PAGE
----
One session includes this scene:

CAPTION: I had made two copies of the manuscript. One for Mom, and one for me to refer to when I talked to her. I put my copy in a re-used folder.

BECHDEL: Then I noticed it's the folder I took notes on in our "reaction formation" session a couple months ago. Remember? I was talking about my awful gnawing envy of other people's success?
JOCELYN: I remember!
BECHDEL: You said I'd reversed my own aggression, turned it on myself, and I felt this immediate relief! I wonder if writing the book is a way of directing my aggression out instead of in? And that's why I put it in this particular folder? (pg. 164)

To quote somebody or other - sometimes a cigar is just a cigar.

This same premise was used for Fun Home; Bechdel saw parallels in her reading with her relationship and how she felt about her father, which worked in tandem to show and elucidate her complicated feelings. But what was charming in that one was annoying and tiresome here, unless you happen to devoutly believe in dream interpretation.

That said, the same reliance on Freudian and Jungian symbolism is precisely what makes Bechdel's artwork so powerful. In one scene, a memory from when she was young and joined her mother in watching a show, the background chatter of the characters illuminates the subtext of a tense exchange between her mother and herself:

CHARACTER: It's a hard question, the hardest I've ever had to answer.
MOTHER: Do you love me? (pg. 86)

Every detail of her drawings, even the faintest suggestions of colors (reds and pinks, whereas Fun Home had a blue theme), are symbolic and highlight what is being said beneath the dialogue. Bechdel's artwork in general, as always, balances flawlessly between realism and cartoon. She intersperses her scenes with pages of books, letters, photographs, and other ephemera, which seems more like a collage or scrapbook than a flat book - which is appropriate, given the subject of family.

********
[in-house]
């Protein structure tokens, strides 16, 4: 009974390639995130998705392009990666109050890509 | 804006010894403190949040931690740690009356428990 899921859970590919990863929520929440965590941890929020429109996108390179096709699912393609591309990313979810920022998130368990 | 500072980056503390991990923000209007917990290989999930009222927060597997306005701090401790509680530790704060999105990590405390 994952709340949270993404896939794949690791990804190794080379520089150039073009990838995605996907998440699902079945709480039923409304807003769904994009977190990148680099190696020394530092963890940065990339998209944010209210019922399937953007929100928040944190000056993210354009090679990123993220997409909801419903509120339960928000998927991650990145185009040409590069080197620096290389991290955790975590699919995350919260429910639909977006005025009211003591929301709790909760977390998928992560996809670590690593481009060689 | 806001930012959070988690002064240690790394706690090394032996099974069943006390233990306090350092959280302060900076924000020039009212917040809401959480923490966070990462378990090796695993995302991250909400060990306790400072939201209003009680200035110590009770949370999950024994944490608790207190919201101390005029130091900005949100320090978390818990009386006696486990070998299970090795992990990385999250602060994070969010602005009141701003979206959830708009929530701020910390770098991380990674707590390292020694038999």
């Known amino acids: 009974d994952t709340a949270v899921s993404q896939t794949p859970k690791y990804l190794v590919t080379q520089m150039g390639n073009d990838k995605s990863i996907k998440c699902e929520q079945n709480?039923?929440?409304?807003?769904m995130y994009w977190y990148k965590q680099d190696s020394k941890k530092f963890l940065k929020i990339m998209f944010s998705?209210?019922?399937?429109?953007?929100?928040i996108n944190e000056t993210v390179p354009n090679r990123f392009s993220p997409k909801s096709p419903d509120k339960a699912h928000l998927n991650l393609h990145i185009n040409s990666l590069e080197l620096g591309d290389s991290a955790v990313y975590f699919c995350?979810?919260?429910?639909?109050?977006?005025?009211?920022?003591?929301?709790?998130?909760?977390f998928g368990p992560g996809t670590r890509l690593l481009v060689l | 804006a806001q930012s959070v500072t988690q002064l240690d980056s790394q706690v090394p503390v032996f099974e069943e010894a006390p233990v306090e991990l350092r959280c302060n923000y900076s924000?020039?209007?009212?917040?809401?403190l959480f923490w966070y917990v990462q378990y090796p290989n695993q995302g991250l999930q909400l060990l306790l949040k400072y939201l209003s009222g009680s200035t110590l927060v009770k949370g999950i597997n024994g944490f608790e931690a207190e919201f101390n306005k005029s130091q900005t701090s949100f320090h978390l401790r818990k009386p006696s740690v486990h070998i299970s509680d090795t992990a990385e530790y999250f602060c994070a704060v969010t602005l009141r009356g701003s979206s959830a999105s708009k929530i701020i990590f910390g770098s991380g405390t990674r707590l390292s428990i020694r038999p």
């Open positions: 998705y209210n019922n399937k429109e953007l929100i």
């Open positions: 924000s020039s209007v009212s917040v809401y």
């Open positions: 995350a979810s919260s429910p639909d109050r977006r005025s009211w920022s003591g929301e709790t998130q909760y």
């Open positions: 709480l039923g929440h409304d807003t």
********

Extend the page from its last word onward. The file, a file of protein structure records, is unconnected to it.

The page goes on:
My annoyance with the constant analysis - there is a reason aspiring novelists are often told that no one cares about someone else's dreams - softened toward the end, when I began to see it in a more metaphorical light. Maybe that's what Bechdel was going for originally, and maybe not; I cannot say. But she uses To the Lighthouse as a framing device later and there is a note that is significant, which links Winnicott's theories on objects and subjects, as well as the resentment she feels toward her mother for not supporting her the way she wants, but also the dependence and reliance (that is, mothers: can't live with 'em, can't live without 'em).

While still glittering with a sharp intellectual mind, smudged with beautiful drawings, and sinking in subtext, I cannot say that Are You My Mother? lived up to my expectations after following the - in my opinion - superior Fun Home*.

* If we're delving into symbolism, is it meaningful that I prefer the memoir-of-the-father over the mother's, considering Bechdel accuses her own mother of showing preference to the men in the family over her? Ah, well.
( )
  kittyjay | Apr 23, 2015 |
http://nwhyte.livejournal.com/2446861.html